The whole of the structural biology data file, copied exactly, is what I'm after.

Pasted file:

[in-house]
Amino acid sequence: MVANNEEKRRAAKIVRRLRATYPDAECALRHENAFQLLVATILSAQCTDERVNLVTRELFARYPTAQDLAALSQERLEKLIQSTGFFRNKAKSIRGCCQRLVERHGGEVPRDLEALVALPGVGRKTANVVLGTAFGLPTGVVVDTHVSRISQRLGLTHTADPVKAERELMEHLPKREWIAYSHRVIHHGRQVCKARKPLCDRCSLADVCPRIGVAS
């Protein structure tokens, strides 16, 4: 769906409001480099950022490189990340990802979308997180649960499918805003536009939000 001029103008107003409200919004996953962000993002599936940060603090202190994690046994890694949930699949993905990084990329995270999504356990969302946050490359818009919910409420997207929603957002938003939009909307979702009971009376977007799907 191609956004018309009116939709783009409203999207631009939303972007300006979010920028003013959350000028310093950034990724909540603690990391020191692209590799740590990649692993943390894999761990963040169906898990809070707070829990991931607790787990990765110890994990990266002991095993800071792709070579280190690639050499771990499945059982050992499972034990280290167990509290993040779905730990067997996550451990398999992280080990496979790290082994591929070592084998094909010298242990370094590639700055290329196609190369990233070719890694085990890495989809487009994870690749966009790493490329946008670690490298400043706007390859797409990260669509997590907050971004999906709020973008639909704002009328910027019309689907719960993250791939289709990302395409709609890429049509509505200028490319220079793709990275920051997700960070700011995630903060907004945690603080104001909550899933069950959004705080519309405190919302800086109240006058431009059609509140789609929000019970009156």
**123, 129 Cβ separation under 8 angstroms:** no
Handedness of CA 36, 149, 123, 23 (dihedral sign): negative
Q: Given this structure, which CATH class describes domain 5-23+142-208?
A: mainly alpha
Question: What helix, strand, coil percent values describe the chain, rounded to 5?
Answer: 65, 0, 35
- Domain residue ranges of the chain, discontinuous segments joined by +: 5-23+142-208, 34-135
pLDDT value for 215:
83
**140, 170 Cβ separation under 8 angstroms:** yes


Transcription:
[in-house]
Amino acid sequence: MVANNEEKRRAAKIVRRLRATYPDAECALRHENAFQLLVATILSAQCTDERVNLVTRELFARYPTAQDLAALSQERLEKLIQSTGFFRNKAKSIRGCCQRLVERHGGEVPRDLEALVALPGVGRKTANVVLGTAFGLPTGVVVDTHVSRISQRLGLTHTADPVKAERELMEHLPKREWIAYSHRVIHHGRQVCKARKPLCDRCSLADVCPRIGVAS
């Protein structure tokens, strides 16, 4: 769906409001480099950022490189990340990802979308997180649960499918805003536009939000 001029103008107003409200919004996953962000993002599936940060603090202190994690046994890694949930699949993905990084990329995270999504356990969302946050490359818009919910409420997207929603957002938003939009909307979702009971009376977007799907 191609956004018309009116939709783009409203999207631009939303972007300006979010920028003013959350000028310093950034990724909540603690990391020191692209590799740590990649692993943390894999761990963040169906898990809070707070829990991931607790787990990765110890994990990266002991095993800071792709070579280190690639050499771990499945059982050992499972034990280290167990509290993040779905730990067997996550451990398999992280080990496979790290082994591929070592084998094909010298242990370094590639700055290329196609190369990233070719890694085990890495989809487009994870690749966009790493490329946008670690490298400043706007390859797409990260669509997590907050971004999906709020973008639909704002009328910027019309689907719960993250791939289709990302395409709609890429049509509505200028490319220079793709990275920051997700960070700011995630903060907004945690603080104001909550899933069950959004705080519309405190919302800086109240006058431009059609509140789609929000019970009156």
**123, 129 Cβ separation under 8 angstroms:** no
Handedness of CA 36, 149, 123, 23 (dihedral sign): negative
Q: Given this structure, which CATH class describes domain 5-23+142-208?
A: mainly alpha
Question: What helix, strand, coil percent values describe the chain, rounded to 5?
Answer: 65, 0, 35
- Domain residue ranges of the chain, discontinuous segments joined by +: 5-23+142-208, 34-135
pLDDT value for 215:
83
**140, 170 Cβ separation under 8 angstroms:** yes